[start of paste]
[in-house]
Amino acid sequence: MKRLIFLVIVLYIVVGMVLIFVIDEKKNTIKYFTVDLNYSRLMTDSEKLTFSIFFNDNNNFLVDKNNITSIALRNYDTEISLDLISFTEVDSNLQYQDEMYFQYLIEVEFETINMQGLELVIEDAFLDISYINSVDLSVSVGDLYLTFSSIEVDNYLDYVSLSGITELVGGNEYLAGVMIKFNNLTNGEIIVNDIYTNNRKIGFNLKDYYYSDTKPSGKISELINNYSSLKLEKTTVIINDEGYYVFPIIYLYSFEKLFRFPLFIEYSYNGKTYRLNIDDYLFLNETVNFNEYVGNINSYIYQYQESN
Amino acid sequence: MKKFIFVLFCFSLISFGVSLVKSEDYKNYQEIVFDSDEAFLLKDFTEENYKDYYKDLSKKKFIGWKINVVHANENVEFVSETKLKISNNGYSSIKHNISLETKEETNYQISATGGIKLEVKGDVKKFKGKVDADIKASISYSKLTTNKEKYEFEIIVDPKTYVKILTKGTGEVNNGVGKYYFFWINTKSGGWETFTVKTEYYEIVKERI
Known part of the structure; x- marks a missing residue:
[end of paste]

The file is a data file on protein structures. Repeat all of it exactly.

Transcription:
[in-house]
Amino acid sequence: MKRLIFLVIVLYIVVGMVLIFVIDEKKNTIKYFTVDLNYSRLMTDSEKLTFSIFFNDNNNFLVDKNNITSIALRNYDTEISLDLISFTEVDSNLQYQDEMYFQYLIEVEFETINMQGLELVIEDAFLDISYINSVDLSVSVGDLYLTFSSIEVDNYLDYVSLSGITELVGGNEYLAGVMIKFNNLTNGEIIVNDIYTNNRKIGFNLKDYYYSDTKPSGKISELINNYSSLKLEKTTVIINDEGYYVFPIIYLYSFEKLFRFPLFIEYSYNGKTYRLNIDDYLFLNETVNFNEYVGNINSYIYQYQESN
Amino acid sequence: MKKFIFVLFCFSLISFGVSLVKSEDYKNYQEIVFDSDEAFLLKDFTEENYKDYYKDLSKKKFIGWKINVVHANENVEFVSETKLKISNNGYSSIKHNISLETKEETNYQISATGGIKLEVKGDVKKFKGKVDADIKASISYSKLTTNKEKYEFEIIVDPKTYVKILTKGTGEVNNGVGKYYFFWINTKSGGWETFTVKTEYYEIVKERI
Known part of the structure; x- marks a missing residue: